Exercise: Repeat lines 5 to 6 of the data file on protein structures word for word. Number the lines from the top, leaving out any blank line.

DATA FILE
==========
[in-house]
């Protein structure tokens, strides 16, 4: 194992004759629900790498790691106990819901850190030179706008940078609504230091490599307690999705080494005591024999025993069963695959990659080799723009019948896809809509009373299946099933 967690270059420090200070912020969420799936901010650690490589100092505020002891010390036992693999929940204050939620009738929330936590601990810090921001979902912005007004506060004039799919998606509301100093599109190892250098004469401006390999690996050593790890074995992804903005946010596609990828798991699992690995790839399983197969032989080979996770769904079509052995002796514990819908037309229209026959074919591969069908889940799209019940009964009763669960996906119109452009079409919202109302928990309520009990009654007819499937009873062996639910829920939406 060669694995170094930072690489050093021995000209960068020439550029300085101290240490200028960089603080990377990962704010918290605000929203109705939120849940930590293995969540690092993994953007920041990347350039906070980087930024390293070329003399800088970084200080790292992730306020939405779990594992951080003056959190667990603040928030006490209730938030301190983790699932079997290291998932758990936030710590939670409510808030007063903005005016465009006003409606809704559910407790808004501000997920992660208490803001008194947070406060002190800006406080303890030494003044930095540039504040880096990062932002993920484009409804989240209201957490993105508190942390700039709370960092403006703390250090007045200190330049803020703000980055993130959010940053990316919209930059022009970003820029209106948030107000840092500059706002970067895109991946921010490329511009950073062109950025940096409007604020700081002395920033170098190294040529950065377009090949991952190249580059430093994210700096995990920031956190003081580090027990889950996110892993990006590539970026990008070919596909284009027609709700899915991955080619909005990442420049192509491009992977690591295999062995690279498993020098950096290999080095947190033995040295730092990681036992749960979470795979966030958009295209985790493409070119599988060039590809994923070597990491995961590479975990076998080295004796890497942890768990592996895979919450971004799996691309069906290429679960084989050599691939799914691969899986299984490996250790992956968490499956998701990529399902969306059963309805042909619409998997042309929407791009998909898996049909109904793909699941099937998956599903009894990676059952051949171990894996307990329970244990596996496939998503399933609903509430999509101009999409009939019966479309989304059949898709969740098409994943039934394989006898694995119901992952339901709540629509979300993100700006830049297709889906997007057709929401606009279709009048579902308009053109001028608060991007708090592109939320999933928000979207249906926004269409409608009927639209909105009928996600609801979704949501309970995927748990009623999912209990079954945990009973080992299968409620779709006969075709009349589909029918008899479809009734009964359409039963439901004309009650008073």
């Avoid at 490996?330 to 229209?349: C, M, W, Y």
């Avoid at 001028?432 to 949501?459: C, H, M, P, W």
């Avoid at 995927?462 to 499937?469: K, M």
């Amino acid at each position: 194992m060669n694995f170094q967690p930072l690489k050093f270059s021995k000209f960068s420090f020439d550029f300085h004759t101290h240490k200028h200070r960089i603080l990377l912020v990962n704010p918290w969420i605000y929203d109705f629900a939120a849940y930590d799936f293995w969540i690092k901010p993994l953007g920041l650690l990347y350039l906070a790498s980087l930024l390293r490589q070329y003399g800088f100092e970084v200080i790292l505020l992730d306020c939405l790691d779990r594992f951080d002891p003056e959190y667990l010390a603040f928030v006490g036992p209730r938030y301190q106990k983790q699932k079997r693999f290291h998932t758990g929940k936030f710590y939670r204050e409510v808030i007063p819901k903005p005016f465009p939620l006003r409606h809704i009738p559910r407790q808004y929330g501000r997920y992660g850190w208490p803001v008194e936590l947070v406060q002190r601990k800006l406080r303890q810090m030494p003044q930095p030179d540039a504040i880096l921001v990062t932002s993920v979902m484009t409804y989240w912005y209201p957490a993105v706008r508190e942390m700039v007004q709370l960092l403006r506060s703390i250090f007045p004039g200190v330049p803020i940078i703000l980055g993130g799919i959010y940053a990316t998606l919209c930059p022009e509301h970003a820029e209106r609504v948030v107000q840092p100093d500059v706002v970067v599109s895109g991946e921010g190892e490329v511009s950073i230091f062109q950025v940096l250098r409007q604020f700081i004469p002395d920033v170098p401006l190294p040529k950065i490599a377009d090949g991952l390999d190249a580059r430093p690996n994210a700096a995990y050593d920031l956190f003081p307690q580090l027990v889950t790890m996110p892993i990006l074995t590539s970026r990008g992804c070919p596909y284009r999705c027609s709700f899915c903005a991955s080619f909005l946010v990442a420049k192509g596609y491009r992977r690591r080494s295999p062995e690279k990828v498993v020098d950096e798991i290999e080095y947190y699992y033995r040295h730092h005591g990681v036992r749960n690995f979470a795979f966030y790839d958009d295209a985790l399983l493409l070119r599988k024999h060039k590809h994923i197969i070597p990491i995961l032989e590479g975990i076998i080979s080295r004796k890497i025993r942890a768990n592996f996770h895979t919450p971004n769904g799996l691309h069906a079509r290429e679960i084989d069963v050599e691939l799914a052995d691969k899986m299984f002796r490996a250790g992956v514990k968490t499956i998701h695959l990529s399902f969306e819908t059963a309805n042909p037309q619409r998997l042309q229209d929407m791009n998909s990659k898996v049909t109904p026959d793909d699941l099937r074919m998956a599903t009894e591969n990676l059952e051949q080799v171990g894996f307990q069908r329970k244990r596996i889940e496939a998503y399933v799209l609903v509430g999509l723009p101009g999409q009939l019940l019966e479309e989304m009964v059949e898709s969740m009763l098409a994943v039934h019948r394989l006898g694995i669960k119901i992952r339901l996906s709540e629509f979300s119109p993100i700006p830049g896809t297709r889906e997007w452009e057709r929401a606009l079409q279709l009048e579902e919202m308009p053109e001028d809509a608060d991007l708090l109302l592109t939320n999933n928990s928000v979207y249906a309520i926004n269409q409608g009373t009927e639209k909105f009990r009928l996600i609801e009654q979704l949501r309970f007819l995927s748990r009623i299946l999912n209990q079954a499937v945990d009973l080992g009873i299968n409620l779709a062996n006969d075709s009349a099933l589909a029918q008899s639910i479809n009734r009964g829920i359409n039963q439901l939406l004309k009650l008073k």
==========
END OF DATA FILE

């Avoid at 995927?462 to 499937?469: K, M």
């Amino acid at each position: 194992m060669n694995f170094q967690p930072l690489k050093f270059s021995k000209f960068s420090f020439d550029f300085h004759t101290h240490k200028h200070r960089i603080l990377l912020v990962n704010p918290w969420i605000y929203d109705f629900a939120a849940y930590d799936f293995w969540i690092k901010p993994l953007g920041l650690l990347y350039l906070a790498s980087l930024l390293r490589q070329y003399g800088f100092e970084v200080i790292l505020l992730d306020c939405l790691d779990r594992f951080d002891p003056e959190y667990l010390a603040f928030v006490g036992p209730r938030y301190q106990k983790q699932k079997r693999f290291h998932t758990g929940k936030f710590y939670r204050e409510v808030i007063p819901k903005p005016f465009p939620l006003r409606h809704i009738p559910r407790q808004y929330g501000r997920y992660g850190w208490p803001v008194e936590l947070v406060q002190r601990k800006l406080r303890q810090m030494p003044q930095p030179d540039a504040i880096l921001v990062t932002s993920v979902m484009t409804y989240w912005y209201p957490a993105v706008r508190e942390m700039v007004q709370l960092l403006r506060s703390i250090f007045p004039g200190v330049p803020i940078i703000l980055g993130g799919i959010y940053a990316t998606l919209c930059p022009e509301h970003a820029e209106r609504v948030v107000q840092p100093d500059v706002v970067v599109s895109g991946e921010g190892e490329v511009s950073i230091f062109q950025v940096l250098r409007q604020f700081i004469p002395d920033v170098p401006l190294p040529k950065i490599a377009d090949g991952l390999d190249a580059r430093p690996n994210a700096a995990y050593d920031l956190f003081p307690q580090l027990v889950t790890m996110p892993i990006l074995t590539s970026r990008g992804c070919p596909y284009r999705c027609s709700f899915c903005a991955s080619f909005l946010v990442a420049k192509g596609y491009r992977r690591r080494s295999p062995e690279k990828v498993v020098d950096e798991i290999e080095y947190y699992y033995r040295h730092h005591g990681v036992r749960n690995f979470a795979f966030y790839d958009d295209a985790l399983l493409l070119r599988k024999h060039k590809h994923i197969i070597p990491i995961l032989e590479g975990i076998i080979s080295r004796k890497i025993r942890a768990n592996f996770h895979t919450p971004n769904g799996l691309h069906a079509r290429e679960i084989d069963v050599e691939l799914a052995d691969k899986m299984f002796r490996a250790g992956v514990k968490t499956i998701h695959l990529s399902f969306e819908t059963a309805n042909p037309q619409r998997l042309q229209d929407m791009n998909s990659k898996v049909t109904p026959d793909d699941l099937r074919m998956a599903t009894e591969n990676l059952e051949q080799v171990g894996f307990q069908r329970k244990r596996i889940e496939a998503y399933v799209l609903v509430g999509l723009p101009g999409q009939l019940l019966e479309e989304m009964v059949e898709s969740m009763l098409a994943v039934h019948r394989l006898g694995i669960k119901i992952r339901l996906s709540e629509f979300s119109p993100i700006p830049g896809t297709r889906e997007w452009e057709r929401a606009l079409q279709l009048e579902e919202m308009p053109e001028d809509a608060d991007l708090l109302l592109t939320n999933n928990s928000v979207y249906a309520i926004n269409q409608g009373t009927e639209k909105f009990r009928l996600i609801e009654q979704l949501r309970f007819l995927s748990r009623i299946l999912n209990q079954a499937v945990d009973l080992g009873i299968n409620l779709a062996n006969d075709s009349a099933l589909a029918q008899s639910i479809n009734r009964g829920i359409n039963q439901l939406l004309k009650l008073k």